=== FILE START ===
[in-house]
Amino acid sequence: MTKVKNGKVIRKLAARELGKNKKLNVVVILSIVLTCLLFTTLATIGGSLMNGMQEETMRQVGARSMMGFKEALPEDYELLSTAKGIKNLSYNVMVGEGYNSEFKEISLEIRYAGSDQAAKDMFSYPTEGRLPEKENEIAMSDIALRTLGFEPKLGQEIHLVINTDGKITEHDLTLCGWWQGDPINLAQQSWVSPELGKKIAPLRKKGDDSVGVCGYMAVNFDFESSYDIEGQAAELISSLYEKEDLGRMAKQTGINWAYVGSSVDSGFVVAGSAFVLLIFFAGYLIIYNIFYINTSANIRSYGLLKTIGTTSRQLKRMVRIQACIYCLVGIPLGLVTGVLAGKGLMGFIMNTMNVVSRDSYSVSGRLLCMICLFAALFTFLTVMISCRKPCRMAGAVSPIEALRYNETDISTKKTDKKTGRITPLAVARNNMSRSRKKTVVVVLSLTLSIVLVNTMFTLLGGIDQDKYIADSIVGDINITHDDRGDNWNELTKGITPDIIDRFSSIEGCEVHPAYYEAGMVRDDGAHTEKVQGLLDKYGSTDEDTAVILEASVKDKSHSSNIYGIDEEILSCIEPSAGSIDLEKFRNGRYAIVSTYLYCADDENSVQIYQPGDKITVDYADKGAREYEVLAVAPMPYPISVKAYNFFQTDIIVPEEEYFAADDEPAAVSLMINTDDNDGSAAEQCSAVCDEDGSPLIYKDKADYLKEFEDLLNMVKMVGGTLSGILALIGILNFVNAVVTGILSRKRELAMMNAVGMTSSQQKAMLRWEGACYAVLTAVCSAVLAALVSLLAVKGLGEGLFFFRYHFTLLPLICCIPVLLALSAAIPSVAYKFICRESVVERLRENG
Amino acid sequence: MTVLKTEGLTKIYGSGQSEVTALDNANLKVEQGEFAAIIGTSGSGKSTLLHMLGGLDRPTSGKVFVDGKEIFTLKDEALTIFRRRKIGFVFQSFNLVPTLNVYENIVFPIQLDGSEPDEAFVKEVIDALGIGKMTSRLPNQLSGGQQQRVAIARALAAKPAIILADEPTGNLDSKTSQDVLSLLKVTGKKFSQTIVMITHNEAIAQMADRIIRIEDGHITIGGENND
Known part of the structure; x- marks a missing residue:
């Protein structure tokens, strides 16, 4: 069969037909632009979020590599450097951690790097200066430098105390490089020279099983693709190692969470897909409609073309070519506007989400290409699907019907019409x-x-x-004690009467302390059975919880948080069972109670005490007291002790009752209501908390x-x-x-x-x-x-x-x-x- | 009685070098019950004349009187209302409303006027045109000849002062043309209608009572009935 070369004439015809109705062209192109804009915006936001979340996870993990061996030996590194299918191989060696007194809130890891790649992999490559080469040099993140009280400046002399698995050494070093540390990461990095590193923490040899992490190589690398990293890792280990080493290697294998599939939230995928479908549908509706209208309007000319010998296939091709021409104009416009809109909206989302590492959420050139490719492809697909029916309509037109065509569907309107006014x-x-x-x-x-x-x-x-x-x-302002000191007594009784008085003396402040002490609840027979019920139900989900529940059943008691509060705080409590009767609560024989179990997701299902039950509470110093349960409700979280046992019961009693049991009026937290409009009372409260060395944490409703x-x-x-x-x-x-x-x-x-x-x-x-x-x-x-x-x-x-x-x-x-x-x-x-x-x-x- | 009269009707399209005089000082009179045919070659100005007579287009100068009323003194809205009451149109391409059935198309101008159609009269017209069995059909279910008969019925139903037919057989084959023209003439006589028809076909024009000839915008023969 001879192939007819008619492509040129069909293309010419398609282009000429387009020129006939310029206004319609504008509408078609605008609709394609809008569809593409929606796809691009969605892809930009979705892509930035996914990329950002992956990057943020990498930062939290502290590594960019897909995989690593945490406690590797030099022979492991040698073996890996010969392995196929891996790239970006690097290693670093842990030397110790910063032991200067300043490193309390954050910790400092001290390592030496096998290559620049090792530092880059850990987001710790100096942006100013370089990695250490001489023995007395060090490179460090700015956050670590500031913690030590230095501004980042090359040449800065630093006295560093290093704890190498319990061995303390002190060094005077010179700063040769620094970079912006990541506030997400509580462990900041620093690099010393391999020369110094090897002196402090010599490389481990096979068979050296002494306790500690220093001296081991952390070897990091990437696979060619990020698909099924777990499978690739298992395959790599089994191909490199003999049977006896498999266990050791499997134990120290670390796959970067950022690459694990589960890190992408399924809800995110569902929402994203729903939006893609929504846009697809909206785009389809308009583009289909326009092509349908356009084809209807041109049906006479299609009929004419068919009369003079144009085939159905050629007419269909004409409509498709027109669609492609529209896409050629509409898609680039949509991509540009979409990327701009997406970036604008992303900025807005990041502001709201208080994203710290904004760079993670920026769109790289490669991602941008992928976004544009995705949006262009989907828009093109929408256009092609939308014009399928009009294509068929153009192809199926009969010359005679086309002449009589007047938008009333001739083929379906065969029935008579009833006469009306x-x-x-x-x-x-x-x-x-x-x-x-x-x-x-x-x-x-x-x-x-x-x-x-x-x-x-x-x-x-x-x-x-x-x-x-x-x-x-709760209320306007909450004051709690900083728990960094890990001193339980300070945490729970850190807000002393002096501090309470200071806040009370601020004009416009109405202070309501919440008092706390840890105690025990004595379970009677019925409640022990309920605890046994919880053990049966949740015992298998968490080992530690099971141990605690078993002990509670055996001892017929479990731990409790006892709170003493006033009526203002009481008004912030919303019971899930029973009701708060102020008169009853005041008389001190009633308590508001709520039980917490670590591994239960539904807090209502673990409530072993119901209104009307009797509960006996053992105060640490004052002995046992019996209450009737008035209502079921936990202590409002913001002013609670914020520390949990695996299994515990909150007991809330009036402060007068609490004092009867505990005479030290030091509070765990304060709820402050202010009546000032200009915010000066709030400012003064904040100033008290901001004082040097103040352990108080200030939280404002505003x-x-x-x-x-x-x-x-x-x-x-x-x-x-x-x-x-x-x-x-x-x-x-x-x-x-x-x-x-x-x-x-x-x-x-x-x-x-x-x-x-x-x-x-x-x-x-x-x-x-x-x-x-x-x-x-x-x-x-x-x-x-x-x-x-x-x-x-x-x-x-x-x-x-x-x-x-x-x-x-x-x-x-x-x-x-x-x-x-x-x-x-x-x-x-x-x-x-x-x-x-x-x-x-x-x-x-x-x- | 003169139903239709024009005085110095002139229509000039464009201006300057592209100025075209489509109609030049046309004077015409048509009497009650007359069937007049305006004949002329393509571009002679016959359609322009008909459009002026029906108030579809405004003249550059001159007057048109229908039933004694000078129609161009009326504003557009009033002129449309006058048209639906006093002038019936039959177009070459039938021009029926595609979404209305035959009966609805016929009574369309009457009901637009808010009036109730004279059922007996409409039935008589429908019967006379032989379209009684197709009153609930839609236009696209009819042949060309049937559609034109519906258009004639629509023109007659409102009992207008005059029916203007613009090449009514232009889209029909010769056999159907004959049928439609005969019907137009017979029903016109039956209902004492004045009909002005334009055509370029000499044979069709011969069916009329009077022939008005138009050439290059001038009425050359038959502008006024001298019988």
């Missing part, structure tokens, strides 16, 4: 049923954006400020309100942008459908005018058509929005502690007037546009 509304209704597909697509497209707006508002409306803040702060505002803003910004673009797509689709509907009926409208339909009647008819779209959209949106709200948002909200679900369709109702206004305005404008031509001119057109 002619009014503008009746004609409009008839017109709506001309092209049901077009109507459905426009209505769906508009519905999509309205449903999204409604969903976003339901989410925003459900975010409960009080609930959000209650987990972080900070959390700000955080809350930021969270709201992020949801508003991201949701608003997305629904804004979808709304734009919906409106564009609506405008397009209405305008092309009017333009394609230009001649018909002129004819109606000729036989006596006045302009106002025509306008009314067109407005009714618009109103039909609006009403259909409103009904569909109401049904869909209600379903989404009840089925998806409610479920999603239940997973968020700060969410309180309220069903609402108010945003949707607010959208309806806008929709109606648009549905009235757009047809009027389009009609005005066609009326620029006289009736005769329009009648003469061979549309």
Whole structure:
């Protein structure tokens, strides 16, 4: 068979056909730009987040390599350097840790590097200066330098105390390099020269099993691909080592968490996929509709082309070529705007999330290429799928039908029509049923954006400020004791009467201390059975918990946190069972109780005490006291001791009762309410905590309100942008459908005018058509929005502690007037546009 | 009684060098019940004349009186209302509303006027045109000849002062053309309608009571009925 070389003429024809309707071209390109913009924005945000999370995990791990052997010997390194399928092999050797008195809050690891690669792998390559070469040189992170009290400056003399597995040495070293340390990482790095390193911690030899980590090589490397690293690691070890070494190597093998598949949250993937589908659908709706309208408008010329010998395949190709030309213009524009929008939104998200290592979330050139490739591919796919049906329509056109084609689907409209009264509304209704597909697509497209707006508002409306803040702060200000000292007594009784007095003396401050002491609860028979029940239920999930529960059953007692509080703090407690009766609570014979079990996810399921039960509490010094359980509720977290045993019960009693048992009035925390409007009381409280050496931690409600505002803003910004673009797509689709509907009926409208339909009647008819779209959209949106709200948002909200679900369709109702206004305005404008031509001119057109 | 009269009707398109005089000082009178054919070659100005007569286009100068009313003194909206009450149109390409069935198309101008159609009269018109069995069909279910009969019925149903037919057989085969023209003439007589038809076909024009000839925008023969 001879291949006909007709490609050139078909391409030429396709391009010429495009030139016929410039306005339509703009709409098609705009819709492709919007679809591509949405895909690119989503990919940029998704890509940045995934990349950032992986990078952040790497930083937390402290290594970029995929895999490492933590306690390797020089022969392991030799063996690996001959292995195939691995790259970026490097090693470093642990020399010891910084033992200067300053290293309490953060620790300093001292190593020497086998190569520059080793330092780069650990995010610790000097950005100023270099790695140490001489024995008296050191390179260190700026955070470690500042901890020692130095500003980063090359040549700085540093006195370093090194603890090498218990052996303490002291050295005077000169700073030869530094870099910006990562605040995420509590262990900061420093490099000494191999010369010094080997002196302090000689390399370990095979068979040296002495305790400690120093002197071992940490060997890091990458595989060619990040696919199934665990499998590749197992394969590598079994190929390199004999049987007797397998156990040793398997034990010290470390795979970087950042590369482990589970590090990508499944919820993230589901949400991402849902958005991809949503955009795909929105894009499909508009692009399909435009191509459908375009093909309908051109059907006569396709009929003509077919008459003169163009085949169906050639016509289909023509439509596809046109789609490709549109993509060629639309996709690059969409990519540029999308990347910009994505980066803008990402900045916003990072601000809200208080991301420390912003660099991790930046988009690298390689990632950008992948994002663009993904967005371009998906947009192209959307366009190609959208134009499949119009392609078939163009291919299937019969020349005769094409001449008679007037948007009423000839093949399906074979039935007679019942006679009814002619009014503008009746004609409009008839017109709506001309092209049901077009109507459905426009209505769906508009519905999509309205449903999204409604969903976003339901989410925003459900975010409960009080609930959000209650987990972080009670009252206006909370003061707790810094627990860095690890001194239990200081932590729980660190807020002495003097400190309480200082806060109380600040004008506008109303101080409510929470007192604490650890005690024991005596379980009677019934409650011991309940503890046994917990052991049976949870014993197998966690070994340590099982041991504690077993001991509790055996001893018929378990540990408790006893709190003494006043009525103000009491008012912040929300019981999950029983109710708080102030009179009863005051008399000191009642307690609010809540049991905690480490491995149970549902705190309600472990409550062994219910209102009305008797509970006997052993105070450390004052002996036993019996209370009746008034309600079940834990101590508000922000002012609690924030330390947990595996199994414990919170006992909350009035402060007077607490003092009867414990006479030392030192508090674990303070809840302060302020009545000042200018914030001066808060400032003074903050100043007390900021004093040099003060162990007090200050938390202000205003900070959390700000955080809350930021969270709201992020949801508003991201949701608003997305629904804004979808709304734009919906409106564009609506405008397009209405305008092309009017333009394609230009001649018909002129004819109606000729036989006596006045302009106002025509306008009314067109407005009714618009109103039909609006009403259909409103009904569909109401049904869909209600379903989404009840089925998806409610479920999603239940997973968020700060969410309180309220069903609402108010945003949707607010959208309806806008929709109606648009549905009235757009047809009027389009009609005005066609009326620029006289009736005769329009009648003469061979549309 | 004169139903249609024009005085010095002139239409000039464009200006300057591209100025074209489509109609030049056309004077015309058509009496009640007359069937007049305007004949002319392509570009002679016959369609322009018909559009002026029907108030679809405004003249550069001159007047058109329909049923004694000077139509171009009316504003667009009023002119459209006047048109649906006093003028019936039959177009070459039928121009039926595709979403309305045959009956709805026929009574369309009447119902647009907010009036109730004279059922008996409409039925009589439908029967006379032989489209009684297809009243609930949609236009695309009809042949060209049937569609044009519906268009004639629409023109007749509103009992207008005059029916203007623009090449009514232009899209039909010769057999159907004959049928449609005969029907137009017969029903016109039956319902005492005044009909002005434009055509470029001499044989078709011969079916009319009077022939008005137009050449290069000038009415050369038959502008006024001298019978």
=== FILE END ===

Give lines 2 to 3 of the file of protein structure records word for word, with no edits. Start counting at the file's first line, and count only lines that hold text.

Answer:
Amino acid sequence: MTKVKNGKVIRKLAARELGKNKKLNVVVILSIVLTCLLFTTLATIGGSLMNGMQEETMRQVGARSMMGFKEALPEDYELLSTAKGIKNLSYNVMVGEGYNSEFKEISLEIRYAGSDQAAKDMFSYPTEGRLPEKENEIAMSDIALRTLGFEPKLGQEIHLVINTDGKITEHDLTLCGWWQGDPINLAQQSWVSPELGKKIAPLRKKGDDSVGVCGYMAVNFDFESSYDIEGQAAELISSLYEKEDLGRMAKQTGINWAYVGSSVDSGFVVAGSAFVLLIFFAGYLIIYNIFYINTSANIRSYGLLKTIGTTSRQLKRMVRIQACIYCLVGIPLGLVTGVLAGKGLMGFIMNTMNVVSRDSYSVSGRLLCMICLFAALFTFLTVMISCRKPCRMAGAVSPIEALRYNETDISTKKTDKKTGRITPLAVARNNMSRSRKKTVVVVLSLTLSIVLVNTMFTLLGGIDQDKYIADSIVGDINITHDDRGDNWNELTKGITPDIIDRFSSIEGCEVHPAYYEAGMVRDDGAHTEKVQGLLDKYGSTDEDTAVILEASVKDKSHSSNIYGIDEEILSCIEPSAGSIDLEKFRNGRYAIVSTYLYCADDENSVQIYQPGDKITVDYADKGAREYEVLAVAPMPYPISVKAYNFFQTDIIVPEEEYFAADDEPAAVSLMINTDDNDGSAAEQCSAVCDEDGSPLIYKDKADYLKEFEDLLNMVKMVGGTLSGILALIGILNFVNAVVTGILSRKRELAMMNAVGMTSSQQKAMLRWEGACYAVLTAVCSAVLAALVSLLAVKGLGEGLFFFRYHFTLLPLICCIPVLLALSAAIPSVAYKFICRESVVERLRENG
Amino acid sequence: MTVLKTEGLTKIYGSGQSEVTALDNANLKVEQGEFAAIIGTSGSGKSTLLHMLGGLDRPTSGKVFVDGKEIFTLKDEALTIFRRRKIGFVFQSFNLVPTLNVYENIVFPIQLDGSEPDEAFVKEVIDALGIGKMTSRLPNQLSGGQQQRVAIARALAAKPAIILADEPTGNLDSKTSQDVLSLLKVTGKKFSQTIVMITHNEAIAQMADRIIRIEDGHITIGGENND